Frequently Asked Questions (FAQs)

What is a 401(a) plan?

A 401(a) is a retirement savings plan set up by an employer and governed under Section 401(a) of the Internal Revenue Code. The Arizona State Retirement System Plan Supplemental Retirement Savings Plan (SRSP) is a 401(a) defined contribution plan created for State of Arizona employees.

Contributions are defined, meaning that once an eligible employee chooses a contribution amount, changes are not allowed. In 2012, the total amount that an employee may contribute to all 401(a) defined contribution plans is $50,000.

Note: Contributions made under 401(a) do not reduce the amounts an employee may contribute to a 457(b) or 403(b) plan.

How do employees participate?

To be eligible to participate, employees must:

  • Meet the 20/20 criteria established by the State (work 20 or more hours a week/20 or more weeks a year), and
  • Be at least 40 years old (or other age if the employer has chosen another eligibility age).

When employees reach the eligibility age, they have two years to make a contribution election. Employees already beyond the eligibility date have two years from the date of employment or date of adoption, whichever is later.

Why is an employee’s decision irrevocable?

The Plan, as approved by the Internal Revenue Service, requires the contribution election to be irrevocable. Employees who do not make a contribution election within the two-year window will not be able to participate in the SRSP.

How much may an employee contribute?

In 2012, the maximum amount that may be contributed to all 401(a) defined contribution plans that an employee participates in is 100% of pay or $50,000, whichever is lower.

May employees enroll online?

Not at this time. Because contribution elections are irrevocable, it is strongly encouraged that employees consult with a Nationwide® representative prior to enrolling in the plan. Nationwide will provide necessary enrollment forms. Participants may set up online account access and they always have online access to educational articles, retirement calculators, fund information and more.

Are loans allowed in the SRSP?

Yes, if the employer allows loans. The loan repayment period is 5 years for a general loan and 15 years for a primary residence loan. The maximum amount employees may borrow is whichever is less:

  • 50% of the employee’s total vested amount that is loanable, minus any current outstanding loan amount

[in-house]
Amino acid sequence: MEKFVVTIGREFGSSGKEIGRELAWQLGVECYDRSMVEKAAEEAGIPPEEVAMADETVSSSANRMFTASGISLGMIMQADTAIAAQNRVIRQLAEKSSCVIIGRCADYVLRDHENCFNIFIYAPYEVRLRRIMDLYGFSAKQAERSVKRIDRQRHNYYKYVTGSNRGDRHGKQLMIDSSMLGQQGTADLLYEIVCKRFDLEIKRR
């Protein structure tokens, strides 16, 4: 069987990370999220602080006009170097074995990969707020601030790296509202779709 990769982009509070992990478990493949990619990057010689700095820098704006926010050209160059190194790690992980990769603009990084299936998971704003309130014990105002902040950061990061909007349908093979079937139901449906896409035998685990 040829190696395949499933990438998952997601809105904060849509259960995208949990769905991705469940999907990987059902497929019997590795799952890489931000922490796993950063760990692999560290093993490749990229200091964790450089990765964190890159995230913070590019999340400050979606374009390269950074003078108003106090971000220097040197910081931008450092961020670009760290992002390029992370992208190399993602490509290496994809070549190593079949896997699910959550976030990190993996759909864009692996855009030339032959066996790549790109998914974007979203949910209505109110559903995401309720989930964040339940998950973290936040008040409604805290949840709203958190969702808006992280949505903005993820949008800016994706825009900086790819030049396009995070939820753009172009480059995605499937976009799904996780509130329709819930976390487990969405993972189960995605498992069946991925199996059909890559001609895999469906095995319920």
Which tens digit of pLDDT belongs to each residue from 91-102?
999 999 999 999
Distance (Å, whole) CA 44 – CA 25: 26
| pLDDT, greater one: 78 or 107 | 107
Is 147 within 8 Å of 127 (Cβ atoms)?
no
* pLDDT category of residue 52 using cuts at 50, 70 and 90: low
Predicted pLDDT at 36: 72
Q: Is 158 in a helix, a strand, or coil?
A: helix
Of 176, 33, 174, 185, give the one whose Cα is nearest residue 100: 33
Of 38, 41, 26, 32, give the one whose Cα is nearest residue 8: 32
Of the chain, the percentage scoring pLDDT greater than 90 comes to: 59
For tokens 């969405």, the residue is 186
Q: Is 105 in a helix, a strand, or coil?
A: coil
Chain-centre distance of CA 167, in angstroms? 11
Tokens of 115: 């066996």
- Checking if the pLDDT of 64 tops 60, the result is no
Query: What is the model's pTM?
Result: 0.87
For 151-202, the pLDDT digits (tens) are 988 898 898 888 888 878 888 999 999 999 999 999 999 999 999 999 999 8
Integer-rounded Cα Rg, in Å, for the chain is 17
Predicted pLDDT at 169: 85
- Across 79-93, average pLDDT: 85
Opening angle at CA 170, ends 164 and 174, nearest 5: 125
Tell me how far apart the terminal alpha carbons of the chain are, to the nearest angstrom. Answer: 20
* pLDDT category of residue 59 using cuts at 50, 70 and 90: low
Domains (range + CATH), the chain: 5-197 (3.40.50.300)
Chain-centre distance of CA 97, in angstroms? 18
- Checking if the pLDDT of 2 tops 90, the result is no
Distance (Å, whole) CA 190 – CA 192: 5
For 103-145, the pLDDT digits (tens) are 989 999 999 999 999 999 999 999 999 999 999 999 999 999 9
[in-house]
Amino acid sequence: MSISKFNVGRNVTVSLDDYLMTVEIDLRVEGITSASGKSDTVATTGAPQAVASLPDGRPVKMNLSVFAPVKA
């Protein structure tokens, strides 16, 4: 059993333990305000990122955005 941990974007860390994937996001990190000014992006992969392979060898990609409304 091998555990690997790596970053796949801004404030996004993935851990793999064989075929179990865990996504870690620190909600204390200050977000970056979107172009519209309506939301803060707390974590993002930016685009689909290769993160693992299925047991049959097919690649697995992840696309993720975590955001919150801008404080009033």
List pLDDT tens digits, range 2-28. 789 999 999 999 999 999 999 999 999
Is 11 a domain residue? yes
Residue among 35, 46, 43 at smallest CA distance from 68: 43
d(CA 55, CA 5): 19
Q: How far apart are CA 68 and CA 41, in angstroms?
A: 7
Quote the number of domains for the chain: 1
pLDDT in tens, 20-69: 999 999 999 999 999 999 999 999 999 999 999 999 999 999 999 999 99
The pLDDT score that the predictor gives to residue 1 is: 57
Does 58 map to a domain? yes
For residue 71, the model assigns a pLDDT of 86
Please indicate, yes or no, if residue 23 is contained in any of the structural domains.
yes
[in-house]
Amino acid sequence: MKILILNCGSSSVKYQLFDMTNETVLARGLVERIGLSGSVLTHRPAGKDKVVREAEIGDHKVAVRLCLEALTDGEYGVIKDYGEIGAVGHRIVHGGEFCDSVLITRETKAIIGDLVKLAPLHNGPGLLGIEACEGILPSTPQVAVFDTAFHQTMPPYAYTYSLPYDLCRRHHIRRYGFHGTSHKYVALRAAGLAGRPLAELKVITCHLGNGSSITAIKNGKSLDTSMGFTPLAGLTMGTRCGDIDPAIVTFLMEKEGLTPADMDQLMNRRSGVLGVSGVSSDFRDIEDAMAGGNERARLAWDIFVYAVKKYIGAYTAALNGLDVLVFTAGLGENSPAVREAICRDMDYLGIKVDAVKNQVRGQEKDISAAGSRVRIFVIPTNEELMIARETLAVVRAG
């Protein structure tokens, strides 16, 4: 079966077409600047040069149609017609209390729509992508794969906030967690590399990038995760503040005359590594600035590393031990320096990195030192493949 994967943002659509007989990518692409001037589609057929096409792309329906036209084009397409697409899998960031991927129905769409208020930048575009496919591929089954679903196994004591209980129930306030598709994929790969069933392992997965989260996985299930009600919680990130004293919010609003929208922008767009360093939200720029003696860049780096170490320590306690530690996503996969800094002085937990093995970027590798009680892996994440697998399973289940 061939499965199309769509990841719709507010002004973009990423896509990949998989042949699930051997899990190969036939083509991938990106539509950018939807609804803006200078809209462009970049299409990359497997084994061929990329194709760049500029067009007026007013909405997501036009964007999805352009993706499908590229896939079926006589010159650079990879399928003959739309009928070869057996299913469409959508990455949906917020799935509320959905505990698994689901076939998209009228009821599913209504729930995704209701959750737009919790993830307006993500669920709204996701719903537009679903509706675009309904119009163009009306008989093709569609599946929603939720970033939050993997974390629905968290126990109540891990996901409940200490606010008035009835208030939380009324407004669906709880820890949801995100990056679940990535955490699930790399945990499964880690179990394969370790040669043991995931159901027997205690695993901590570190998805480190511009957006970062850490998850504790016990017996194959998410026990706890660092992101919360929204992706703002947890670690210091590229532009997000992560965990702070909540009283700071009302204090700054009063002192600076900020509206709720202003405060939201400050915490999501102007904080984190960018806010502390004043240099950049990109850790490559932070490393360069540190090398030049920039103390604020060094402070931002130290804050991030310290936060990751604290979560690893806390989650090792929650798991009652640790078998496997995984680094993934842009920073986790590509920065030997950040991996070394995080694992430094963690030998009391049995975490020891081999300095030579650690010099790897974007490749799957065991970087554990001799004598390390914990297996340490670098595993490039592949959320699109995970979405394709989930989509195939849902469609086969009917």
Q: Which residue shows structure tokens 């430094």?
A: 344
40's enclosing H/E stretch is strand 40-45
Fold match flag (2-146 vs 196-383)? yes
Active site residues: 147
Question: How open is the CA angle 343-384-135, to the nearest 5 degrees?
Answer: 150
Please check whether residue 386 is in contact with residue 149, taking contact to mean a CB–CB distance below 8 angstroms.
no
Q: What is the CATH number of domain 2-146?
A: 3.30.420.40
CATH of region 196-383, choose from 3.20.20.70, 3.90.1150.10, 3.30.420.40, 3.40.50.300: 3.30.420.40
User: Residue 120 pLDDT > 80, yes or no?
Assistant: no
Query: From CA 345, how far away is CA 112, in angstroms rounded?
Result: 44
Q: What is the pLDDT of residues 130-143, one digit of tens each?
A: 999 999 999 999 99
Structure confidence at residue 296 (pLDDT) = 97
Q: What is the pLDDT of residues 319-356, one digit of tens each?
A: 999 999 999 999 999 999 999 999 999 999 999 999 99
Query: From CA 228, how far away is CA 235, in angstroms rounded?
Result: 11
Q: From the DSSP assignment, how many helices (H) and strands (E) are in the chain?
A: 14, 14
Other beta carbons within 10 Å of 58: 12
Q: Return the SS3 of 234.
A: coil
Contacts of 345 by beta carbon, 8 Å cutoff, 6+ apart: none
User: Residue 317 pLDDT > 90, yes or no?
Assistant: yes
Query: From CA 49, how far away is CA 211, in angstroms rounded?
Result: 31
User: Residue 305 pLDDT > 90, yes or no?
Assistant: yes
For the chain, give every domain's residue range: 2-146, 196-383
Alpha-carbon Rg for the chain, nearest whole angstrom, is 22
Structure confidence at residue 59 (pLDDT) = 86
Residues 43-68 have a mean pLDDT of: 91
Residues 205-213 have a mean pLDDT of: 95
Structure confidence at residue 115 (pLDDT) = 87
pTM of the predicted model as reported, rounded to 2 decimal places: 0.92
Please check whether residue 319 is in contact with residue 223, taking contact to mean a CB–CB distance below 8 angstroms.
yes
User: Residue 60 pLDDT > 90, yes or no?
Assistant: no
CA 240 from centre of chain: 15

•  $50,000, minus the employee’s highest outstanding loan balance for the past 12 months

Are withdrawals allowed for financial hardship?

No, but employers may elect to allow loans, in-service withdrawals of the vested portion of the employer’s matching contributions, rollover account contributions or after-tax contributions.

Are rollovers allowed?

Yes, the Plan welcomes rollovers of assets from other qualified plans. Qualified retirement plans, deferred compensation plans and individual retirement accounts are all different, including fees and when employees can access funds. Assets rolled over from employee account(s) may be subject to surrender charges, other fees and/or a 10% tax penalty if withdrawn before age 59½. Neither Nationwide nor any of its representatives give legal or tax advice. Please contact your legal or tax advisor for such advice.

Is a Self Directed Brokerage Option (SDBO) available?

Yes. An SDBO, which allows employees to open a brokerage account that may offer broader investment options, is available through Charles Schwab & Company, Inc. This program carries additional fees and application materials. Employees should call Nationwide's Phoenix office for SDBO information.

What payout distribution options are available?

When employees are ready to begin distributions, employees may request a Lump Sum Payment, rollover to another qualified plan, or other acceptable payout schedule. A Nationwide representative can discuss payout options in more detail. Withdrawals are taxable income to you in the year the payments are made.

May employees manage their own accounts?

Employees have the choice between “do-it-yourself” and “do-it-for-me.” With a do-it-for me approach, employees select a diversified asset allocation fund that is automatically rebalanced periodically.

Do-it-yourselfers determine how they want their contributions to be allocated among different funds. There are no restrictions or fees for exchanges or allocation changes, but some fund managers may impose a redemption or short-term trading fee. These fees are disclosed in fund prospectuses, and are collected by the fund company. As always, investing involves risk, including possible loss of principal.

Get the help you need

For more information, talk to a Nationwide representative.

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